It happens to nearly everyone at some point in their career: You are turned down for a job. Whether it is politely, rudely or by silence, it doesn’t feel good. In fact, it feels like you have hit a brick wall after all the work you put in. The important thing is to remember that it isn’t a dead end and to keep the momentum of your job search going. Don’t let it stop you in your tracks.
Whenever we receive a job rejection, no matter how it is worded, we tend to translate it in our heads to become: “We don’t want you because you are rubbish at what you do.” That’s rarely the truth of the matter.
More often than not, what a company tells you – whether it’s “We really liked you but you don’t quite fit for this role” or “Unfortunately, we had a lot of great applicants and that made it a tough decision” – is what they really mean. If you are not given a reason for the rejection, actively ask for feedback on why it didn’t work out.
So, if you are rejected from a job, really look at what the company is saying and use it to further your job search. Don’t just slump into self-pity; consider their feedback. If you hear from more than one company that you’re not a fit for the role you applied to, maybe you need to consider to look at different types of work going forward.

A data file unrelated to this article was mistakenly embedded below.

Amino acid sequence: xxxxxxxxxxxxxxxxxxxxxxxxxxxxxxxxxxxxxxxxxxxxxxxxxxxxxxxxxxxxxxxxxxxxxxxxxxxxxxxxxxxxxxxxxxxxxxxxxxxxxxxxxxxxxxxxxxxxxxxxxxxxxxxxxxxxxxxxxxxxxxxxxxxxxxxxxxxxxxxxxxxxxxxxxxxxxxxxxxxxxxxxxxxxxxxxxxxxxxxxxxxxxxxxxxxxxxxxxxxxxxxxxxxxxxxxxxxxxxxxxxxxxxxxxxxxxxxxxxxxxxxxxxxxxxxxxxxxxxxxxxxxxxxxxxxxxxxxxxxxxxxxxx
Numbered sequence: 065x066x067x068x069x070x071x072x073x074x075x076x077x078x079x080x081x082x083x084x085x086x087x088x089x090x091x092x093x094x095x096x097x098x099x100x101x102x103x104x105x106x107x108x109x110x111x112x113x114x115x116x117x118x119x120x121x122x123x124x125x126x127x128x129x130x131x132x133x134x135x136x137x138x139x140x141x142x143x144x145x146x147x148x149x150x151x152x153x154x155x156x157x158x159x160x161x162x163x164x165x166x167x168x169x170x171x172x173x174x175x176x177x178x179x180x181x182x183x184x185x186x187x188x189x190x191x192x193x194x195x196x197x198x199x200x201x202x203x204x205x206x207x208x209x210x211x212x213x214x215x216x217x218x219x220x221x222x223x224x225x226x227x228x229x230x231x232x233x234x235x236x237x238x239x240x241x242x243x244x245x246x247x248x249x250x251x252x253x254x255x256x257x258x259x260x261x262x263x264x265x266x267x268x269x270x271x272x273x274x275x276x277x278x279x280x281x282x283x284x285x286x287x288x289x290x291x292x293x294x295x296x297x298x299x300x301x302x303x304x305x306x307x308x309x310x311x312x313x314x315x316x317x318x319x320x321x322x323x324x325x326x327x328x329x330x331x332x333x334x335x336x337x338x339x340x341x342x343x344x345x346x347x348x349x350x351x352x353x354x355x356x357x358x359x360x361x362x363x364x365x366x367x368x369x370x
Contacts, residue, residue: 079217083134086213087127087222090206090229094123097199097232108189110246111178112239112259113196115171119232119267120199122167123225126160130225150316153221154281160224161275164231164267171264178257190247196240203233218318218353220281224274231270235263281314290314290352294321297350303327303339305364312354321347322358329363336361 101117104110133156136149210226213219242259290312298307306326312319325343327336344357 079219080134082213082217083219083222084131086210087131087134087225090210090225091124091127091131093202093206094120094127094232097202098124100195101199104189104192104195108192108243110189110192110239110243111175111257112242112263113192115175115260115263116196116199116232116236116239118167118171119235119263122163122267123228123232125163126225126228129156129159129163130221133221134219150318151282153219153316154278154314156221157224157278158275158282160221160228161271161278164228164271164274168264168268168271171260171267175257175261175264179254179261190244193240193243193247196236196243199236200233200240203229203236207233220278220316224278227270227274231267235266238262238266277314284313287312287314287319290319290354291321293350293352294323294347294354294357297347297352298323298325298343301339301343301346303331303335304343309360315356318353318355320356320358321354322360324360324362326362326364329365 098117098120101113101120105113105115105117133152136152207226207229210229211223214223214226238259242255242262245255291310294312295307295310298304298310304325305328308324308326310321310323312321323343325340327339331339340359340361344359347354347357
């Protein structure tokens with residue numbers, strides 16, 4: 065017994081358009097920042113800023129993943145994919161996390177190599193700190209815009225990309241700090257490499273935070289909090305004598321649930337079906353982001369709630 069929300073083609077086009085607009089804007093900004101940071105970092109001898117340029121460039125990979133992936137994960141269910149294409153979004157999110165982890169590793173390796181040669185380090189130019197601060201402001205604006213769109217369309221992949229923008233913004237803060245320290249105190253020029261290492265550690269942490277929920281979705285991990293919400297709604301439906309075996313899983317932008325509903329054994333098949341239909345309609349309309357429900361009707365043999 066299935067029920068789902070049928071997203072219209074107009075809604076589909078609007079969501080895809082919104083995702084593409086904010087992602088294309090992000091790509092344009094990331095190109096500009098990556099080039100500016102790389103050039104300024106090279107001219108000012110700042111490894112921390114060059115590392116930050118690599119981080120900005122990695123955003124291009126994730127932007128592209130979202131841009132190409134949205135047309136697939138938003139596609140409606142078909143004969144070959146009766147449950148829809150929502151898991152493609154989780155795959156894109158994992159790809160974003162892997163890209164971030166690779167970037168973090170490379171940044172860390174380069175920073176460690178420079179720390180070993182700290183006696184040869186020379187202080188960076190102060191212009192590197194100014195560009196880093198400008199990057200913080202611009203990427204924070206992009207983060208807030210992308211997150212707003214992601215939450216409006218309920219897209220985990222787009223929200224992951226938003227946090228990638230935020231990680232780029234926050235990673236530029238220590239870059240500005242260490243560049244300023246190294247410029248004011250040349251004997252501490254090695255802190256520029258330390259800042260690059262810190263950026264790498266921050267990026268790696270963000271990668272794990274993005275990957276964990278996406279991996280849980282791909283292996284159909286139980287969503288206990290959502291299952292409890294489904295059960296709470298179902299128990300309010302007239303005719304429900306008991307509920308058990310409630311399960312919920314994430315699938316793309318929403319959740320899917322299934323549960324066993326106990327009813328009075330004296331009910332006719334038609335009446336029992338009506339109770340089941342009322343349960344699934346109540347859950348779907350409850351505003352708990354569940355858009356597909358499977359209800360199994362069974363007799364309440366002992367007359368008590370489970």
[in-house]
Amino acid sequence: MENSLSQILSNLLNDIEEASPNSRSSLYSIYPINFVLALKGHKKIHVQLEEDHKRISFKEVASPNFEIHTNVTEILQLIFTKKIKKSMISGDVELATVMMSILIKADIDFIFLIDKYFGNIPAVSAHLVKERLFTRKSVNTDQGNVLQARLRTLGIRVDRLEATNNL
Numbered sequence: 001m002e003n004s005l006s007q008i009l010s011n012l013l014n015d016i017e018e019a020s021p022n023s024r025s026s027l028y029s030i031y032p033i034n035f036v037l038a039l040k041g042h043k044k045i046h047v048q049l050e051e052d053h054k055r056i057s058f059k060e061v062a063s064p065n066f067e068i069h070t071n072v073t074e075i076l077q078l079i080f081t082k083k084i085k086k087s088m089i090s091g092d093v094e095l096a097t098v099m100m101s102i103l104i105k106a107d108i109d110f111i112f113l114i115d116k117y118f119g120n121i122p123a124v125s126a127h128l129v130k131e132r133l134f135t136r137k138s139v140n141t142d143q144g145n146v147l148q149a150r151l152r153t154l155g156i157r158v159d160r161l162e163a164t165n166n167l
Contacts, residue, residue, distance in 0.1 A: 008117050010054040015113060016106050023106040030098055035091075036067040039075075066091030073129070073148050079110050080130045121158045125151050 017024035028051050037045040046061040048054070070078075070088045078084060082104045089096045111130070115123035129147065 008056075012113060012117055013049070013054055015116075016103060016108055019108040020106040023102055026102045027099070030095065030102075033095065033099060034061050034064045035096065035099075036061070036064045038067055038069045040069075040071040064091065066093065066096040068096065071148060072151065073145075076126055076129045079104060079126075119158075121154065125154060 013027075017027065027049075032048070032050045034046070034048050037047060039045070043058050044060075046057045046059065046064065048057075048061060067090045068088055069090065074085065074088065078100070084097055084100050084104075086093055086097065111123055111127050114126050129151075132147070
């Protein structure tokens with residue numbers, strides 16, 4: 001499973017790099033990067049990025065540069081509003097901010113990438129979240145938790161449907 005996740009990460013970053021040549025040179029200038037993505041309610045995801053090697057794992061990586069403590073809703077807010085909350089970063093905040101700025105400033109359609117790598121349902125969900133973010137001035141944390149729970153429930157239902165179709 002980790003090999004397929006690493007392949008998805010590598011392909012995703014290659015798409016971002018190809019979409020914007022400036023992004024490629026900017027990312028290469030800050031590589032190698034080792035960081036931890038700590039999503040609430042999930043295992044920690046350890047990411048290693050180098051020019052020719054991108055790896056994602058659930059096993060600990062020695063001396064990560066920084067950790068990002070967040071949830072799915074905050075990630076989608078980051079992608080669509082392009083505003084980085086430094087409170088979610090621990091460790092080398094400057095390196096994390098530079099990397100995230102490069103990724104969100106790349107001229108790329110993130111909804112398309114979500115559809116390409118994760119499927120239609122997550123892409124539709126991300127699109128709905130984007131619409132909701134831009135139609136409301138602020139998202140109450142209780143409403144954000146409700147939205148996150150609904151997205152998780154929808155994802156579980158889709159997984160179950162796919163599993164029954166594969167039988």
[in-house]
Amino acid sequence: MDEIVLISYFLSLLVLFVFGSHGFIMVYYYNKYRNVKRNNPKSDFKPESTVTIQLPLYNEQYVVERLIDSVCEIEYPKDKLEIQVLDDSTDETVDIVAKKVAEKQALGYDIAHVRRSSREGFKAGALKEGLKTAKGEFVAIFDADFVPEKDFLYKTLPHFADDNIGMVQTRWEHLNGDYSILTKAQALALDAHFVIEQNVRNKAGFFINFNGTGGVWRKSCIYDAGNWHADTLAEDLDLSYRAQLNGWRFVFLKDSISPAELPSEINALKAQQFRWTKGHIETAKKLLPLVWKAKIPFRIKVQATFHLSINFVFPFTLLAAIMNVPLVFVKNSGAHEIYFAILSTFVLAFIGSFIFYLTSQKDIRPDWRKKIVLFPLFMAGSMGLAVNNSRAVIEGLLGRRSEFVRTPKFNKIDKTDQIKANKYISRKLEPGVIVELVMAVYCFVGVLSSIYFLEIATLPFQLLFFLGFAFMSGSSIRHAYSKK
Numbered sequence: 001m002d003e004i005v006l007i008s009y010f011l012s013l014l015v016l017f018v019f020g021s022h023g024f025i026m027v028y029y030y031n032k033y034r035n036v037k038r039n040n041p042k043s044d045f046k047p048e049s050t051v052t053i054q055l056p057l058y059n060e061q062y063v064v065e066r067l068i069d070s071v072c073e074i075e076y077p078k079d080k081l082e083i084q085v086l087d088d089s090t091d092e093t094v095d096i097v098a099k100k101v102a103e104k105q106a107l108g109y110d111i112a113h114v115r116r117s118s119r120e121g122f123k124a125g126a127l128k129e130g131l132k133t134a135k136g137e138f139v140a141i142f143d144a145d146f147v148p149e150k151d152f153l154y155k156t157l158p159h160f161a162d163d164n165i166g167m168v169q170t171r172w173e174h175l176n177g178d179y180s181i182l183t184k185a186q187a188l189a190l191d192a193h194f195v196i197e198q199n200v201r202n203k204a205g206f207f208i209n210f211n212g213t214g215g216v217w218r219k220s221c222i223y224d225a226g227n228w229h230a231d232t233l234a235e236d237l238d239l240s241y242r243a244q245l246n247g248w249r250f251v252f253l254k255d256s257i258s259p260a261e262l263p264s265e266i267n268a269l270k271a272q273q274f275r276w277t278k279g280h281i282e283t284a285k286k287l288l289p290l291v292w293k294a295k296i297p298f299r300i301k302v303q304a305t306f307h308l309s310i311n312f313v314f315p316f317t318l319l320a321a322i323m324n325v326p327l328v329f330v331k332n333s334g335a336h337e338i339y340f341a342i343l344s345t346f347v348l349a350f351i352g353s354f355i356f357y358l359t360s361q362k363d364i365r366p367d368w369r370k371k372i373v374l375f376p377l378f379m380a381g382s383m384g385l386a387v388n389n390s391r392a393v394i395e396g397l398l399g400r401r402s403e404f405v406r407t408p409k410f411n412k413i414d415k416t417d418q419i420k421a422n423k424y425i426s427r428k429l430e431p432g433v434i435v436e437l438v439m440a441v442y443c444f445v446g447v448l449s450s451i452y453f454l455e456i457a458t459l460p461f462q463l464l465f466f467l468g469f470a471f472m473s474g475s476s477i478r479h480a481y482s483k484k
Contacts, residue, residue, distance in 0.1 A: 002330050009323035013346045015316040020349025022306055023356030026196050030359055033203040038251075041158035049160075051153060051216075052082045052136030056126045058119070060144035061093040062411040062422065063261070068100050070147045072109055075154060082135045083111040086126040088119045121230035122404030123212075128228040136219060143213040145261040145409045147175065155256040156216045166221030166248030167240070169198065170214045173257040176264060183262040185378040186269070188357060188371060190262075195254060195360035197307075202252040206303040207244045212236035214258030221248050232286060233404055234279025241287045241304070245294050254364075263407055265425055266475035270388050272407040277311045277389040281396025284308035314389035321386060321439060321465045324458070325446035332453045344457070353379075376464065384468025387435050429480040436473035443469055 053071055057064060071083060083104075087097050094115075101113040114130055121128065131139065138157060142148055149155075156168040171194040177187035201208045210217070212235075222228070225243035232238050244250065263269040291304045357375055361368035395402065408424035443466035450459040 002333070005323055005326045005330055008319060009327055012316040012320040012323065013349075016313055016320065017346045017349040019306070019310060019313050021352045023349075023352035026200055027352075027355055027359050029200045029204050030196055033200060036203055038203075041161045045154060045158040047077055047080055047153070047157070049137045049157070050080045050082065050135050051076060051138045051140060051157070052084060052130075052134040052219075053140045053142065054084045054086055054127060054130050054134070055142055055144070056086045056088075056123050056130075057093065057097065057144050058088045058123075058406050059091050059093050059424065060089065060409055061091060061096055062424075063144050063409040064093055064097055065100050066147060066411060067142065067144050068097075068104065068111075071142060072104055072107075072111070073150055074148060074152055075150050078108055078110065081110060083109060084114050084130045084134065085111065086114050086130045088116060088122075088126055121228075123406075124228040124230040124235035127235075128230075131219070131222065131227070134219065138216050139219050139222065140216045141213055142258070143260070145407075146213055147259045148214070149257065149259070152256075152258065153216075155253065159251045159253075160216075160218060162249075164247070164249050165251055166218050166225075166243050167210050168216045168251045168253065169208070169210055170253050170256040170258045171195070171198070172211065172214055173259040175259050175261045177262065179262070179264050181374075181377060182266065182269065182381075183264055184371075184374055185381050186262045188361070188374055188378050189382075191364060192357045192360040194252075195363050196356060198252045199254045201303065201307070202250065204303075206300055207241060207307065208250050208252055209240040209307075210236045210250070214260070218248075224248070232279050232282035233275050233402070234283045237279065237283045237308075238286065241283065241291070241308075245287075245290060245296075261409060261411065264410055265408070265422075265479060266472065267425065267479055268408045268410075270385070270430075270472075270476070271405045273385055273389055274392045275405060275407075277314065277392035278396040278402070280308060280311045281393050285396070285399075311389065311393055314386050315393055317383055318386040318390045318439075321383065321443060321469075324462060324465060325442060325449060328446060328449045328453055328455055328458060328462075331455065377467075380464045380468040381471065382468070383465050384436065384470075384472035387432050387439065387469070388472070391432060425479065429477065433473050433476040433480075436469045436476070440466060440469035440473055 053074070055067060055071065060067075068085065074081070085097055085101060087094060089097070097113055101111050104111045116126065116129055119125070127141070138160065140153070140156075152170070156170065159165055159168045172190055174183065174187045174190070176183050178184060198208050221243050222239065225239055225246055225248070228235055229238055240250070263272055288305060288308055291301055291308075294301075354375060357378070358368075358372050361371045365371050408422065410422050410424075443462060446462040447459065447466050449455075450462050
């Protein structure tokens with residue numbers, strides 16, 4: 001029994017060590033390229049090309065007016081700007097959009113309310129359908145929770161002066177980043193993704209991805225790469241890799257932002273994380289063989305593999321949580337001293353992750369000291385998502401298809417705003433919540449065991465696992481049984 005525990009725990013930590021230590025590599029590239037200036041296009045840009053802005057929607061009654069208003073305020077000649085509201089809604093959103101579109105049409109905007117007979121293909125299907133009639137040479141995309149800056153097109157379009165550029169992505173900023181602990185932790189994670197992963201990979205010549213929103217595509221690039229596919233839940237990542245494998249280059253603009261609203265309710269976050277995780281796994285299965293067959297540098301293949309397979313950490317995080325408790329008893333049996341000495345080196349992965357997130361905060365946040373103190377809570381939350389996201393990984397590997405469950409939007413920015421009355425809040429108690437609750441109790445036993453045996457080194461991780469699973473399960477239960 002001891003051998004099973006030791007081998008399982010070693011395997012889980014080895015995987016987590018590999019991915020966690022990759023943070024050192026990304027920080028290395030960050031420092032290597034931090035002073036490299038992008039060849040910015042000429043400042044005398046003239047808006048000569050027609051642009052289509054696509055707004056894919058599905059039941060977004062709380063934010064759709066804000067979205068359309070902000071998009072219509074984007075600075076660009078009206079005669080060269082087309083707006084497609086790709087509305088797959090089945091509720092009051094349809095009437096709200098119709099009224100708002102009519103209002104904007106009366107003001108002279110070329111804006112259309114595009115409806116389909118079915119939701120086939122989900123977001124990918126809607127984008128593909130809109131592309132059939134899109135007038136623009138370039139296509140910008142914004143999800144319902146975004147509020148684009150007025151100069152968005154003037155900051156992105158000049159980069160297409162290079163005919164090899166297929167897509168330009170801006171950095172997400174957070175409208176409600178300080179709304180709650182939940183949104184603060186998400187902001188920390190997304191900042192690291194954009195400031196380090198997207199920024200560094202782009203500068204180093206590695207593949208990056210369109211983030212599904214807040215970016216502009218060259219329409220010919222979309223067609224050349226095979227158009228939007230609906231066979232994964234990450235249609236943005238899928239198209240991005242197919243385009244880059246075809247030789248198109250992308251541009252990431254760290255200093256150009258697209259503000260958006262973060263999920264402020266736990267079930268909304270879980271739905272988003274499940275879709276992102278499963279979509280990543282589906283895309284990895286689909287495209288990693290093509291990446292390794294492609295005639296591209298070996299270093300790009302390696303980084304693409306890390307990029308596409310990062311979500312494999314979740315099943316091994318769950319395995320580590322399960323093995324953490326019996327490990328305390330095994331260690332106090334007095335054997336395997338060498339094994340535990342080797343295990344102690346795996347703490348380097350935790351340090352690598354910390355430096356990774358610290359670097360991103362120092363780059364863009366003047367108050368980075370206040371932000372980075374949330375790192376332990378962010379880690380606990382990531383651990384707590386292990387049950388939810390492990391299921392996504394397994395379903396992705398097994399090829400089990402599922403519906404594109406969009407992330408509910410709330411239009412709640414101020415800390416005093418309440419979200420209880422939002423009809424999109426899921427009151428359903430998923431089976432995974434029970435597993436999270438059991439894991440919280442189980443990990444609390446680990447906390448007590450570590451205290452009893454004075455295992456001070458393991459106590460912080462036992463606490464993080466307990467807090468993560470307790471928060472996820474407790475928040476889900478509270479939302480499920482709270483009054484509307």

If it’s because they had a really strong field to choose from, you can take heart that they considered your application to be a strong one. However, it also means there is a lot of competition out there right now, so you need to think about how you can differentiate yourself. Can you undertake some independent study to add to your skills? Can you come up with a more creative way to apply to future roles?
Lastly, when you are rejected from a role, don’t consider it the final word (at least in the long term). Reply to the interviewer or hiring manager thanking them for their time. Be courteous and friendly and, most importantly, keep the relationship open. You may not have got the job this time, but if a similar role comes up at the company again, you already know someone on the inside.
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